I’ve worked for years in communications. People think that what I do is “writing”, and it is, but none of that would work if I didn’t do a few things first.
Active listening is the work of a lifetime, really. It’s not hard, but it isn’t one single thing. It’s composed of discrete elements.
Stillness is important. You’re really not waiting for your turn to talk. You actually are with the other person, seeing and feeling his or her level of comfort with you and whatever is between you. It helps if you have something else to focus on: a craft, a road you’re traveling together, an animal, a child.
It’s also important to acknowledge the feelings and thoughts of the other person. Who is this person? Who is he or she to you? Critically, what does he or she feel?
Acknowledging and agreeing are not the same things. You are still free to hold your own opinion. You are still free to offer your own point of view. But letting the other person have his or her say: that’s basic manners. It’s just about being kind.
Asking questions is so important to listening. In the year I met my husband, we both worked in technical support. Here’s an exercise very much like one we did together in a train-the-trainer course we took as we built a customer service course. It teaches, literally, how to ask which questions when, if you cannot see the person you’re asking.
Was the world less polarized then, in the late 1990’s? I think it was. I think we may have reached a point now where I, you, even entire neighborhoods, are much more distant from one another than we once were.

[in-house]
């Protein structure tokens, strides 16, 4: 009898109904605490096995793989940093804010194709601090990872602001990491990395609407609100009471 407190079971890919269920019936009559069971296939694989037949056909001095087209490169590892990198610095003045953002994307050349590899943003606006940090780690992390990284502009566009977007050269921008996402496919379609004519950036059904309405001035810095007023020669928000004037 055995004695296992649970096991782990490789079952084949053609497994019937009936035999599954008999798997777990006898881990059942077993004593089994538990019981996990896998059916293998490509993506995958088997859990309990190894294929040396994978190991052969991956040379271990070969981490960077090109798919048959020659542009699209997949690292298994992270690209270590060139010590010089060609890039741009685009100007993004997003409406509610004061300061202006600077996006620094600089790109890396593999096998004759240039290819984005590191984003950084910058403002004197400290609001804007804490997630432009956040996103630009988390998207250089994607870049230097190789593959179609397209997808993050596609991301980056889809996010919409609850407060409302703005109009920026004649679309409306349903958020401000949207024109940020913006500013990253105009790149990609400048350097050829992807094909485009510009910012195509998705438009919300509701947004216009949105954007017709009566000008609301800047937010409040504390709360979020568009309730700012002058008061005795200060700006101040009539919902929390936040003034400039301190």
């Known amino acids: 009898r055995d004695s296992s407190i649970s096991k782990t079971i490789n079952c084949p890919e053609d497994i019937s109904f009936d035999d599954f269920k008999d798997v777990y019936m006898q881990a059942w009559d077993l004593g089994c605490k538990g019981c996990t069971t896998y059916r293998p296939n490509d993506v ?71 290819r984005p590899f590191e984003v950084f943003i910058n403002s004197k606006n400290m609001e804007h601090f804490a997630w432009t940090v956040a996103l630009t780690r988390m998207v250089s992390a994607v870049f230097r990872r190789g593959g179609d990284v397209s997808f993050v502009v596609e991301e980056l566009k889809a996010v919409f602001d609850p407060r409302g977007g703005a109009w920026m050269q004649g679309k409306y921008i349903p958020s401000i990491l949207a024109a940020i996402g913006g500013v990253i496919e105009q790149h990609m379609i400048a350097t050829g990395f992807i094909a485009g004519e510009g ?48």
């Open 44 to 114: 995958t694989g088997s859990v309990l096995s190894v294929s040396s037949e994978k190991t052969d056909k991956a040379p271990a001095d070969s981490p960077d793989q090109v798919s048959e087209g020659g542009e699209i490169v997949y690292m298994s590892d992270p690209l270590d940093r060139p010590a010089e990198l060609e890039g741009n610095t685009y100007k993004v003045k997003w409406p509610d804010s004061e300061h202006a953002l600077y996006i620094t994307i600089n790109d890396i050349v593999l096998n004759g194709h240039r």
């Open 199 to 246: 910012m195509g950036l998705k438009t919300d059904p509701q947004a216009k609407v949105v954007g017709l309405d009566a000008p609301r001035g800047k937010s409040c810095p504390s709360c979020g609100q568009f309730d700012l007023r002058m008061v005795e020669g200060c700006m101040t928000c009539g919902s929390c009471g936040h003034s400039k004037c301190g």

How many people do you know who have a different perspective on the world from yours? Liberal? Conservative? How many steps are you willing to take to see their point of view?
I think these are good questions. I think that we stand to lose what we have, who we are, if we don’t begin taking those steps. And I think it’s listening that can take us there.
It’s time to talk about fear. If you are politically liberal, I think you know what I mean. But “fear” is not just a word: it’s a very real force, one many people feel now. They are no longer just angry. They are devastated, paralyzed, and so very sad.
Remember that feeling? It wasn’t so long ago, was it?
Fear is so difficult to talk about, around, past. It fills the speaker’s eyes with tears. It shrinks the world; it makes the present interminable.
A story: My sister had major surgery last year. It was a long day for her and her husband, and she was supposed to spend the night in the hospital. For whatever reason (insurance wouldn’t pay for a bed in ICU? I think that was it), she had to come home that night, very late.
Her two-year-old daughter was waiting when they got home. She looked at Mommy and ran. When she came back, seconds later, she had Band-Aids. Help Mommy feel better.
She did what she could.
By the time I arrived a couple of days later to help out around the house, my sister was a bit better, but still couldn’t pick her little girl up. One night at bath time, my niece burst into tears at the part of the ritual that had been one of her favorites. As the water drained out of the tub, she cried, terrified it would take her toys, her bathtime magnetic letters — maybe even her — down the drain with it.
Fear does not make sense. It doesn’t have to. It’s deep and primal, bigger than reason. As a listener you just have to give it room.
Be aware of fear. Be sensitive. Be kind. Just listen, just be.
Today would be a great time to start.
Image from “A portrait of 100,000 people logged on to a global chatroom“, The Independent
Thanks to my friend Jeff, for the inspiration.